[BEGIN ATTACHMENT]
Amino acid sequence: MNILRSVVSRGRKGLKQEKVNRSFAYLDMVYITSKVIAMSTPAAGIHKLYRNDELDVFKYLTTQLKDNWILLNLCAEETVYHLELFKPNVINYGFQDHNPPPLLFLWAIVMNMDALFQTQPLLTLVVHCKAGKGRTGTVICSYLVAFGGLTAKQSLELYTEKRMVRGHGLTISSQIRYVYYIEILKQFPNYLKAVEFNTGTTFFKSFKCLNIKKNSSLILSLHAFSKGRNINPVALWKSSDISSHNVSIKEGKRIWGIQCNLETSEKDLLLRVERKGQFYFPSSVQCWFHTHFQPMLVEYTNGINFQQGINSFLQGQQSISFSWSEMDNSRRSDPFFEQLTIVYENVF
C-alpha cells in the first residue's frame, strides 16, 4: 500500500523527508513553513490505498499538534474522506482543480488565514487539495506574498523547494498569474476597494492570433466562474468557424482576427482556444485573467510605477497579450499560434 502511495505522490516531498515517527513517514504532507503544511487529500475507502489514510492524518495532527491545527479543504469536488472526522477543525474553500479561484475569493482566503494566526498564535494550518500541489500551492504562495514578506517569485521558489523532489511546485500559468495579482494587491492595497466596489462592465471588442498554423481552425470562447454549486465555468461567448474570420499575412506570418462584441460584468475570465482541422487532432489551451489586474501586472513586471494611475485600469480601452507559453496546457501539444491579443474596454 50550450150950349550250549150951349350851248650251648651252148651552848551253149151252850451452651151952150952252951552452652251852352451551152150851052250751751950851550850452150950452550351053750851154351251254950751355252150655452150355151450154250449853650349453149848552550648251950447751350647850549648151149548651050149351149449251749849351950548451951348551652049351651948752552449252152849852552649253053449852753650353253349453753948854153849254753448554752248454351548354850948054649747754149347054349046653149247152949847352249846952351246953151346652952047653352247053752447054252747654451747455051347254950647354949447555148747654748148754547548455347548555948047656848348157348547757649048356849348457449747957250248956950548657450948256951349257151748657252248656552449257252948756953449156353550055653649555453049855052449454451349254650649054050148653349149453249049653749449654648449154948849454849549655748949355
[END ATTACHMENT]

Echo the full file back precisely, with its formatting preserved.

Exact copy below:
Amino acid sequence: MNILRSVVSRGRKGLKQEKVNRSFAYLDMVYITSKVIAMSTPAAGIHKLYRNDELDVFKYLTTQLKDNWILLNLCAEETVYHLELFKPNVINYGFQDHNPPPLLFLWAIVMNMDALFQTQPLLTLVVHCKAGKGRTGTVICSYLVAFGGLTAKQSLELYTEKRMVRGHGLTISSQIRYVYYIEILKQFPNYLKAVEFNTGTTFFKSFKCLNIKKNSSLILSLHAFSKGRNINPVALWKSSDISSHNVSIKEGKRIWGIQCNLETSEKDLLLRVERKGQFYFPSSVQCWFHTHFQPMLVEYTNGINFQQGINSFLQGQQSISFSWSEMDNSRRSDPFFEQLTIVYENVF
C-alpha cells in the first residue's frame, strides 16, 4: 500500500523527508513553513490505498499538534474522506482543480488565514487539495506574498523547494498569474476597494492570433466562474468557424482576427482556444485573467510605477497579450499560434 502511495505522490516531498515517527513517514504532507503544511487529500475507502489514510492524518495532527491545527479543504469536488472526522477543525474553500479561484475569493482566503494566526498564535494550518500541489500551492504562495514578506517569485521558489523532489511546485500559468495579482494587491492595497466596489462592465471588442498554423481552425470562447454549486465555468461567448474570420499575412506570418462584441460584468475570465482541422487532432489551451489586474501586472513586471494611475485600469480601452507559453496546457501539444491579443474596454 50550450150950349550250549150951349350851248650251648651252148651552848551253149151252850451452651151952150952252951552452652251852352451551152150851052250751751950851550850452150950452550351053750851154351251254950751355252150655452150355151450154250449853650349453149848552550648251950447751350647850549648151149548651050149351149449251749849351950548451951348551652049351651948752552449252152849852552649253053449852753650353253349453753948854153849254753448554752248454351548354850948054649747754149347054349046653149247152949847352249846952351246953151346652952047653352247053752447054252747654451747455051347254950647354949447555148747654748148754547548455347548555948047656848348157348547757649048356849348457449747957250248956950548657450948256951349257151748657252248656552449257252948756953449156353550055653649555453049855052449454451349254650649054050148653349149453249049653749449654648449154948849454849549655748949355